2nd March and its Baccanale time in Barga.
This afternoon the streets of Barga were full of masked figures running around having a very noisy good time … and most of these figures seemed to be under 1 meter 20 tall .. yep, it was the Carnevalino dei bambini – Carnival for small children (article here)
The streets were carpeted with confetti, shouts, laughter and (screams) fill the air as the children of the area let loose and enjoy the carnival.
This evening it was the time for the adults to let their hair down as the Baccanale 2019 was in full swing.
The Bacchanalia were Roman festivals of Bacchus based on various ecstatic elements of the Greek Dionysia. They seem to have been popular and well-organised throughout the central and southern Italian peninsula. They were almost certainly associated with Rome’s native cult of Liber, and probably arrived in Rome itself around 200 BC. However, like all mystery religions of the ancient world, very little is known of their rites.
In modern usage, bacchanalia can mean any uninhibited or drunken revelry. The bacchanal in art describes any small group of revellers, often including satyrs and perhaps Bacchus or Silenus, usually in a landscape setting. The subject was popular from the Renaissance onwards, and usually included a large degree of nudity among the figures.
Bacco (Dionisio per i Greci) era il dio romano della vegetazione,
presiedeva alla coltivazione della viea e del vino e, per taluni aspetti, si riallacciava alla forza naturale dell’acqua, in stretta unione con le ninfe. Dio del vino, della vendemmia, del lasciarsi andare, dell’orgia panica e dell’ebrezza, perpetuamente giovane, la diffusione del suo culto a Roma, con i Baccanali, avvenne intorno al II secolo a.C. Analogamente al culto di Dioniso in Grecia, da cui deriva, si trattava di un culto misterico, ossia riservato ai soli iniziati (originariamente solo donne, le baccanti) con finalità mistiche – source
Carnival (often spelled Carnaval) is a festive season which occurs immediately before Lent; the main events are usually during February. Carnival typically involves a public celebration or parade combining some elements of a circus, mask and public street party.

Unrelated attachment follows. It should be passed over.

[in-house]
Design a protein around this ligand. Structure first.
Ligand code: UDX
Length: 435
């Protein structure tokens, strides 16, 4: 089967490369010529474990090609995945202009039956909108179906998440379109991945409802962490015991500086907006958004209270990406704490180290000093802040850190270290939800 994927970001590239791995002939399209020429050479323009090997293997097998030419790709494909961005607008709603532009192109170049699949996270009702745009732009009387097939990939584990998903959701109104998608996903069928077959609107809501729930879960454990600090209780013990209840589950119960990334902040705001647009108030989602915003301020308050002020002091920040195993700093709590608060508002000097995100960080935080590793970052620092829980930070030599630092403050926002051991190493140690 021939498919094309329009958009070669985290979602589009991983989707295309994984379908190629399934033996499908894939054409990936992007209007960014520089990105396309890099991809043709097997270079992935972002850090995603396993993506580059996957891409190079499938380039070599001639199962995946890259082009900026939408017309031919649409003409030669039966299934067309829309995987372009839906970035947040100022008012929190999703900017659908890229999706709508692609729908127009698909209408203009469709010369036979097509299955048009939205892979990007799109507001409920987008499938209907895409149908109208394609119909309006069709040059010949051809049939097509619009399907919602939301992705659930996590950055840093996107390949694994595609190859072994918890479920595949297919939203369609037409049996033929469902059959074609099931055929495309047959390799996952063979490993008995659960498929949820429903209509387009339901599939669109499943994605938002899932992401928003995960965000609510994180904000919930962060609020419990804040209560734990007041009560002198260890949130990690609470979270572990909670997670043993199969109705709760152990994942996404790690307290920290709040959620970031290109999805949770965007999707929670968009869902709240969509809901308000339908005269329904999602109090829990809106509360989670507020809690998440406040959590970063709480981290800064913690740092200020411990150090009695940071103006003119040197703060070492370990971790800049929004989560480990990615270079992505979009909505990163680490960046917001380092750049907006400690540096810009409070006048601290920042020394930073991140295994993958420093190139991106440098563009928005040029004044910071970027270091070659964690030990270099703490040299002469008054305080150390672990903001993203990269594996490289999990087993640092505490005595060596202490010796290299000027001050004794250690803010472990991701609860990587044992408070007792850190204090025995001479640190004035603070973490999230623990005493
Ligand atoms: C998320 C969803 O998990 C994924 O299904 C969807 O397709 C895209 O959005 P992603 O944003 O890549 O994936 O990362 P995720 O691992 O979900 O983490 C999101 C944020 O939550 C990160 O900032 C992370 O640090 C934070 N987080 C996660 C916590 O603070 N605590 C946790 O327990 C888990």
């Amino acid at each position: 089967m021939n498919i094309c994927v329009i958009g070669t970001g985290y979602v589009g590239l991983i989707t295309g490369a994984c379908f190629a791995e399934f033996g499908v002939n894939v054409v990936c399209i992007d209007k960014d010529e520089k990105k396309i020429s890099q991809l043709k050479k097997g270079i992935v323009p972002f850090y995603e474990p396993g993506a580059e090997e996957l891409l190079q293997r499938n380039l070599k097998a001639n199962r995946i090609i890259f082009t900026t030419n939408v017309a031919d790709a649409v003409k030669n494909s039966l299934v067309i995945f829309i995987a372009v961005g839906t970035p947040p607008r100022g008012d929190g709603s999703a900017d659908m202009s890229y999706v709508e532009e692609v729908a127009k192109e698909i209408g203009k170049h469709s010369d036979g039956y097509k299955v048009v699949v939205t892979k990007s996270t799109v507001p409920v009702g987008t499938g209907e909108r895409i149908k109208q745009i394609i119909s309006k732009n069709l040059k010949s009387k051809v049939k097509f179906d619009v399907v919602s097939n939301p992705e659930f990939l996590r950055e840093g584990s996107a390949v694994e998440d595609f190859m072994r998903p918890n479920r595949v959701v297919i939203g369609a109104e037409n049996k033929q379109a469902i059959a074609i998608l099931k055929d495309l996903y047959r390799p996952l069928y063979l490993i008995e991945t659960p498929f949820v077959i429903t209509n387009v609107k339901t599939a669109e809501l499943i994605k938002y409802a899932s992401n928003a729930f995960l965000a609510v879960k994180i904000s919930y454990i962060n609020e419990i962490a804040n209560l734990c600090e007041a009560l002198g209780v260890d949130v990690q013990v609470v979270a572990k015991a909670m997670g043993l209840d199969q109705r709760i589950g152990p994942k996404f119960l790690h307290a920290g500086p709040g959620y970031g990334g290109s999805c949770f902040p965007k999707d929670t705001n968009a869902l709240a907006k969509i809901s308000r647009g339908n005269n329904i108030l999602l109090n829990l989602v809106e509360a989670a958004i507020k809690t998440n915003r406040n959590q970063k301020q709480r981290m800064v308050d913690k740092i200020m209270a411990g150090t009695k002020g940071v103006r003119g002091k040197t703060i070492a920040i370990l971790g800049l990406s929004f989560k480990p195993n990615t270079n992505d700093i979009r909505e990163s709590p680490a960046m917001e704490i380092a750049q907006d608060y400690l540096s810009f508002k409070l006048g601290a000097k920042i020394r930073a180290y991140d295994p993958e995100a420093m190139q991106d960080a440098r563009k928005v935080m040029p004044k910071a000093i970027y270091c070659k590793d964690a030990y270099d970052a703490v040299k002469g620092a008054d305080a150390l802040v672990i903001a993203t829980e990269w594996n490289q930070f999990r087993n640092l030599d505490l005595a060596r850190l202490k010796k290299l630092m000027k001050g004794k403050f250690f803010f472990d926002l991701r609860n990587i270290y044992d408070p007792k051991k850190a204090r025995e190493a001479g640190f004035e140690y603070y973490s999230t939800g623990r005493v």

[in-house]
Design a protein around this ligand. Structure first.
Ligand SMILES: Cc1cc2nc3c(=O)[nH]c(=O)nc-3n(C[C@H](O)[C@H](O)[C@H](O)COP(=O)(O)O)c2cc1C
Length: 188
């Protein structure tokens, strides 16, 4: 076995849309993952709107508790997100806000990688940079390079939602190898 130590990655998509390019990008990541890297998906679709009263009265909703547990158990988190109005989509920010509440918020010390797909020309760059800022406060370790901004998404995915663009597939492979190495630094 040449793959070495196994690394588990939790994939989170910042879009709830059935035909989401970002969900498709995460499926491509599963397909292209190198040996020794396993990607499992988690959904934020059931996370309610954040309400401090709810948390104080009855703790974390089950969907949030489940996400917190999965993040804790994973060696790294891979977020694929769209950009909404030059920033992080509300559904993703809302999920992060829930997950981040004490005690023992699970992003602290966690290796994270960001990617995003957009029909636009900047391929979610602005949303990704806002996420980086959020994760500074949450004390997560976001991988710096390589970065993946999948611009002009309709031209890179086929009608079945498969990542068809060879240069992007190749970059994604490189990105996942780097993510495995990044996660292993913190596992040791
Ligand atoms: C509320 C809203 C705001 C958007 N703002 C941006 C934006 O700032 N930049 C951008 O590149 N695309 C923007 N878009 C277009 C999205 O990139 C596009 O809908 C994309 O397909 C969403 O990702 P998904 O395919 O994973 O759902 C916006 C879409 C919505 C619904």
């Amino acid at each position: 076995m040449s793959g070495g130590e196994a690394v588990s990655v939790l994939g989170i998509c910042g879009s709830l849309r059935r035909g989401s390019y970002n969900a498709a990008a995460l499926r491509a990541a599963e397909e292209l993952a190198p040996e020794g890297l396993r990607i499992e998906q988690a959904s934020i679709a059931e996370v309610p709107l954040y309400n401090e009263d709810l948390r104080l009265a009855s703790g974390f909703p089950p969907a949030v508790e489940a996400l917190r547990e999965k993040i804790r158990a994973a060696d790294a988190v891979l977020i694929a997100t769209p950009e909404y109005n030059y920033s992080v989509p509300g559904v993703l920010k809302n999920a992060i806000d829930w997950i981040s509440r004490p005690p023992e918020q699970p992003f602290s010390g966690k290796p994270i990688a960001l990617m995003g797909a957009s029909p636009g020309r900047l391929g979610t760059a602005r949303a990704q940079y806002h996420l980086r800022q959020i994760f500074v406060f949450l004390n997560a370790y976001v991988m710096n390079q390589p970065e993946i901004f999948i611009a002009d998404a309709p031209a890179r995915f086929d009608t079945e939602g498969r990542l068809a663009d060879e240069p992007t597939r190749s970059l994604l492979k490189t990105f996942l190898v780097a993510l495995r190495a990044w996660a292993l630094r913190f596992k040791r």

People often dress up or masquerade during the celebrations, which mark an overturning of daily life. In Germany and the Netherlands, the Carnival season is traditionally opened on 11/11 (often at 11:11 a.m.). This dates back to celebrations before the former longer Advent season (40 days now reduced to about four weeks), or with harvest celebrations of St. Martin’s Day.
The Lenten period of the Liturgical year Church calendar, being the six weeks directly before Easter, was marked by fasting and other pious or penitential practices. Traditionally during Lent, no parties or other celebrations were held, and people refrained from eating rich foods, such as meat, dairy, fats and sugar.
The forty days of Lent, recalling the Gospel accounts of the forty days that Jesus spent in the wilderness, serve to mark an annual time of turning. In the days before Lent, all rich food and drink had to be disposed of. The consumption of this, in a giant party that involved the whole community, is thought to be the origin of Carnival.
While it forms an integral part of the Christian calendar, particularly in Catholic regions, many carnival traditions date back to pre-Christian times. The Italian Carnival may be derived from the ancient Roman festivals of Saturnalia and Bacchanalia. The Saturnalia, in turn, may be based on the Greek Dionysia and Oriental festivals. While medieval pageants and festivals such as Corpus Christi were church-sanctioned celebrations, carnival was also a manifestation of medieval folk culture. Many local carnival customs are based on local pre-Christian rituals, for example the elaborate rites involving masked figures in the Swabian–Alemannic Fastnacht.
Some of the best-known traditions, including carnival parades and masquerade ball masquerading, were first recorded in medieval Italy. The carnival of Venice was, for a long time, the most famous carnival. From Italy, carnival traditions spread to the Catholic nations of Spain, Portugal, and France. From France, they spread to the Rhineland of Germany, and to New France in North America. From Spain and Portugal, they spread with Catholic colonization to the Caribbean and Latin America.